Things begin well for the new car. A common criticism levelled at the 991 since its 2011 introduction (though seemingly voiced with each and every 911 update) is a stifling dynamic maturity that can make it feel a little aloof; capable, most certainly, though lacking the involvement that gets people like us going. Not a problem here. The idle is angry, the diff graunches, the cage pings, the ceramic brakes grumble when they're cold; to a lot of people those quirks would be annoying. When you actively enjoy being connected with a car, however, it screams intent. Which is fabulous.

Yet the GT3 does all this while retaining the right bits of the 991's maturity: Apple CarPlay works flawlessly, it's perfectly refined at motorway speed and everything you touch feels of impeccable quality. Your favourite circuit might be 100 miles away, or it might be 900; neither would be a problem in this, because you'd happily just drive and drive. Download your playlists, podcasts and audio books and feel the miles fall away...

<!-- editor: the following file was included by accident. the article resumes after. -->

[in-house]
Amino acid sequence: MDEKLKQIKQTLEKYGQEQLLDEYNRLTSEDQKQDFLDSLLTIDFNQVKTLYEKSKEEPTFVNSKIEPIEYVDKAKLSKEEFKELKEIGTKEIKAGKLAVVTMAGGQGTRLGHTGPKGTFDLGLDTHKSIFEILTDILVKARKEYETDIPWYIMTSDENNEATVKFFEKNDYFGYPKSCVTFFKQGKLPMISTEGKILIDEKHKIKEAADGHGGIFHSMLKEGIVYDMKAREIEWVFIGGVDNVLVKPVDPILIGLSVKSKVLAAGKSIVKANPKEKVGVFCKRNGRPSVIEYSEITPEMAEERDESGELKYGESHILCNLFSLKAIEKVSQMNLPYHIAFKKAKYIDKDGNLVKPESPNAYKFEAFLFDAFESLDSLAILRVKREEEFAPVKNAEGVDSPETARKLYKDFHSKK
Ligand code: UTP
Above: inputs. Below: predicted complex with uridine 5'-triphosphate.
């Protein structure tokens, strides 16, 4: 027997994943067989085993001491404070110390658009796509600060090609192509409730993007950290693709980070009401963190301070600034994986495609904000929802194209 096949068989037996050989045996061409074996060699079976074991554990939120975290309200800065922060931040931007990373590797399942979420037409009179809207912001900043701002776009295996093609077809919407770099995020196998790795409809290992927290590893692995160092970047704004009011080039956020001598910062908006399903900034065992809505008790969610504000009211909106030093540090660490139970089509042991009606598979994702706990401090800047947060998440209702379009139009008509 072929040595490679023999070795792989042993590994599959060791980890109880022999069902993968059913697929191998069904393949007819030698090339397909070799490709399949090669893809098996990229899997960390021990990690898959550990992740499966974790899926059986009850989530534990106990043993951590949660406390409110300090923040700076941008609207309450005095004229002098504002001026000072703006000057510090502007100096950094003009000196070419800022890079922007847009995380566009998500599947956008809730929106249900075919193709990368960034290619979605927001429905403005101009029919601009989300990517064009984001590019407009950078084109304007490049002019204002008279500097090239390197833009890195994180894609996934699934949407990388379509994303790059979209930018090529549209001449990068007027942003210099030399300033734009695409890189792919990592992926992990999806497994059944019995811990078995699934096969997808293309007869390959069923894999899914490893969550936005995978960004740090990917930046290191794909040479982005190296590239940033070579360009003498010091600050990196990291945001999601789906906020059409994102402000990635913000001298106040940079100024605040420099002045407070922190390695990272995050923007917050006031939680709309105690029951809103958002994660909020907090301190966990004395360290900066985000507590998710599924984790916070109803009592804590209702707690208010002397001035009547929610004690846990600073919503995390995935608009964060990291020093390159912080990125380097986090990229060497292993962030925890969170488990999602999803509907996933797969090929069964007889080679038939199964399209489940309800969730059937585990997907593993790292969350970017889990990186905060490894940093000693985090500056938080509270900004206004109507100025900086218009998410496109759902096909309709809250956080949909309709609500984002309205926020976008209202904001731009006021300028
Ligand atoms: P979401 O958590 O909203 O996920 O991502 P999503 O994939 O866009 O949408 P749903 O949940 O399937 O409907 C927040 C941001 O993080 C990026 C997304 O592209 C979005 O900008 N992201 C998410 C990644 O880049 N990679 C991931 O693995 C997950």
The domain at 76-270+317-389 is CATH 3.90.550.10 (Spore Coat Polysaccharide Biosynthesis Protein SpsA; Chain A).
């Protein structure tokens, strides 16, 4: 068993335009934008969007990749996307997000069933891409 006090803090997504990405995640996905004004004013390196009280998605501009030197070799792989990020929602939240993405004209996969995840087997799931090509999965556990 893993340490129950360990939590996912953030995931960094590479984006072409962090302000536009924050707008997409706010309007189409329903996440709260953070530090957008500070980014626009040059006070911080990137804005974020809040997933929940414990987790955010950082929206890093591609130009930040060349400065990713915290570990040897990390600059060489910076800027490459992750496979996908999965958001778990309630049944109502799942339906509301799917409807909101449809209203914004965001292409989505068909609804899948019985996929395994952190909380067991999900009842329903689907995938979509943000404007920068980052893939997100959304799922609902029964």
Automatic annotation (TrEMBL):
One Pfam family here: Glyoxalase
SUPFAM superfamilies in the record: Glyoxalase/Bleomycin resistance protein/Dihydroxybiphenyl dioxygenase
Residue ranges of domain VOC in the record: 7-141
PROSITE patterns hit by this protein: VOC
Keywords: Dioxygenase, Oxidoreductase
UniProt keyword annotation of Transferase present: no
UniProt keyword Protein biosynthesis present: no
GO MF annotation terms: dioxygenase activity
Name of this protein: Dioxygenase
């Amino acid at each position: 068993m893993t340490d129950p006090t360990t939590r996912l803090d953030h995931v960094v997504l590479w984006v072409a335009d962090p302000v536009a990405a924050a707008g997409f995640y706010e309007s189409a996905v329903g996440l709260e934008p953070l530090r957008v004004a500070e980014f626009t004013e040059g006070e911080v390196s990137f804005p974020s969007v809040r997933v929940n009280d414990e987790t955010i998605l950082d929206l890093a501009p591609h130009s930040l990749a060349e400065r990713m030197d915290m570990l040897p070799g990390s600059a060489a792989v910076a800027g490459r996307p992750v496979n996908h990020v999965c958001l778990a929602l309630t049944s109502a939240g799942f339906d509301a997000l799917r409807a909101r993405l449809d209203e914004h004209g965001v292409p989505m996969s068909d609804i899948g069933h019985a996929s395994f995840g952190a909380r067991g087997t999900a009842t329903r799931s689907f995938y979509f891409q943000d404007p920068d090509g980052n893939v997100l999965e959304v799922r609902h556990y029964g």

Moreover, while the appeal of 9,000rpm is patently obvious, the GT3 doesn't need to be at full pelt to begin luring you in. That manual is superb, with a precision and satisfaction that remains unmatched by the regular Porsche seven-speeder. Or by any manual, come to think of it. Combine that with an engine of sublime response and you're but a second from being reminded of what you paid for, even at a few thousand revs. It has probably the best electric steering yet made, turn in that defies its weight distribution and an intangible sense of purpose from how you sit, what you're looking at and what you hear all around; the car never lets you forget that it's something special, but it never overwhelms with its status, either. Without having breached 6,500rpm - alright, let's call it 7,500rpm - on the journey down, the GT3 has already set a formidable standard.